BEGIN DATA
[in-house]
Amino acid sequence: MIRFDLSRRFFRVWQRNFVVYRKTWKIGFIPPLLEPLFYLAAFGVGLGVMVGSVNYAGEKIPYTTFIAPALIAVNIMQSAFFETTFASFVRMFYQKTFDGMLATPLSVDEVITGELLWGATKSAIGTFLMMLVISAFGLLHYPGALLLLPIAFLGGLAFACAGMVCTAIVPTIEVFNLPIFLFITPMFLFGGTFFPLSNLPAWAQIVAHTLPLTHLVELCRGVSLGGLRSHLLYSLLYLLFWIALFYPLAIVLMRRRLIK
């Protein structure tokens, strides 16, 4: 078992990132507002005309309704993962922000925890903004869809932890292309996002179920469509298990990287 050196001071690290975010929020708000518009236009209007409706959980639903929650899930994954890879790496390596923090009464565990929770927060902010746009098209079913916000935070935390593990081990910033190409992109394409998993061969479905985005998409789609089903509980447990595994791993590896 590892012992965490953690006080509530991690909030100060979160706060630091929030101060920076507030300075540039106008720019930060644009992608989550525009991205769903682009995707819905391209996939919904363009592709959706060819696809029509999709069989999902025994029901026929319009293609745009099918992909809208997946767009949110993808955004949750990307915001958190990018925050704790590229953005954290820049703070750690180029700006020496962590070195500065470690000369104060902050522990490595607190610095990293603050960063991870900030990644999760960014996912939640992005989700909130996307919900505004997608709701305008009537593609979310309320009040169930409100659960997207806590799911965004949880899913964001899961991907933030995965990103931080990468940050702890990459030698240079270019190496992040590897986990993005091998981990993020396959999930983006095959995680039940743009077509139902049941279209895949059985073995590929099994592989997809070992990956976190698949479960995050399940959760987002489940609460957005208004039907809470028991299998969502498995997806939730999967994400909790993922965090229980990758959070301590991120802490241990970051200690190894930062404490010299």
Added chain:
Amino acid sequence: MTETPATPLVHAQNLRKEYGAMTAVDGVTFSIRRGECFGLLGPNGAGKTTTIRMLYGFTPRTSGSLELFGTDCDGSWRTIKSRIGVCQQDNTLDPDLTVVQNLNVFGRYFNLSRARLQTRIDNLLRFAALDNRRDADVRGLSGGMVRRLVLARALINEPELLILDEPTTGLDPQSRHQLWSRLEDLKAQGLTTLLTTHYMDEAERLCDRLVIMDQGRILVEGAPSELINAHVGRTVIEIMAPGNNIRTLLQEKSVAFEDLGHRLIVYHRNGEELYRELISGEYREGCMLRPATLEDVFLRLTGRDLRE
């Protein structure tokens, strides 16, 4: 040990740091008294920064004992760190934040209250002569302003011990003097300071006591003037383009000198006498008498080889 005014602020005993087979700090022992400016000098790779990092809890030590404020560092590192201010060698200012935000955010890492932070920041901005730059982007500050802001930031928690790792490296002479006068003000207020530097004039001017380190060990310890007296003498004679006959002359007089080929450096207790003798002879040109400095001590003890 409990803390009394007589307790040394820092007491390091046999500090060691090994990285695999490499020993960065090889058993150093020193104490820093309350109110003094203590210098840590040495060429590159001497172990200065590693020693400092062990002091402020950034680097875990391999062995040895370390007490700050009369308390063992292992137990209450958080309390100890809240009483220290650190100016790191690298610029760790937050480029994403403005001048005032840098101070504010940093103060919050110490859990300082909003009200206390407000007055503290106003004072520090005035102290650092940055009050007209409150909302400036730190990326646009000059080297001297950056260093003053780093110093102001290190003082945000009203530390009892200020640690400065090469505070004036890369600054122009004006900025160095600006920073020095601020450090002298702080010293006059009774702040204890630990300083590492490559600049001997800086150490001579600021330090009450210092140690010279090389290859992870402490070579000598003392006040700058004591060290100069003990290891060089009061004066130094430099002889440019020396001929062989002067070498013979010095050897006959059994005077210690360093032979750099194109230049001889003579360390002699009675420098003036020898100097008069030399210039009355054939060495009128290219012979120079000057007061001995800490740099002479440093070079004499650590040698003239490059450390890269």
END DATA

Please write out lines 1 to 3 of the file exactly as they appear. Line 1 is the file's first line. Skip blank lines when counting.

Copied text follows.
[in-house]
Amino acid sequence: MIRFDLSRRFFRVWQRNFVVYRKTWKIGFIPPLLEPLFYLAAFGVGLGVMVGSVNYAGEKIPYTTFIAPALIAVNIMQSAFFETTFASFVRMFYQKTFDGMLATPLSVDEVITGELLWGATKSAIGTFLMMLVISAFGLLHYPGALLLLPIAFLGGLAFACAGMVCTAIVPTIEVFNLPIFLFITPMFLFGGTFFPLSNLPAWAQIVAHTLPLTHLVELCRGVSLGGLRSHLLYSLLYLLFWIALFYPLAIVLMRRRLIK
């Protein structure tokens, strides 16, 4: 078992990132507002005309309704993962922000925890903004869809932890292309996002179920469509298990990287 050196001071690290975010929020708000518009236009209007409706959980639903929650899930994954890879790496390596923090009464565990929770927060902010746009098209079913916000935070935390593990081990910033190409992109394409998993061969479905985005998409789609089903509980447990595994791993590896 590892012992965490953690006080509530991690909030100060979160706060630091929030101060920076507030300075540039106008720019930060644009992608989550525009991205769903682009995707819905391209996939919904363009592709959706060819696809029509999709069989999902025994029901026929319009293609745009099918992909809208997946767009949110993808955004949750990307915001958190990018925050704790590229953005954290820049703070750690180029700006020496962590070195500065470690000369104060902050522990490595607190610095990293603050960063991870900030990644999760960014996912939640992005989700909130996307919900505004997608709701305008009537593609979310309320009040169930409100659960997207806590799911965004949880899913964001899961991907933030995965990103931080990468940050702890990459030698240079270019190496992040590897986990993005091998981990993020396959999930983006095959995680039940743009077509139902049941279209895949059985073995590929099994592989997809070992990956976190698949479960995050399940959760987002489940609460957005208004039907809470028991299998969502498995997806939730999967994400909790993922965090229980990758959070301590991120802490241990970051200690190894930062404490010299």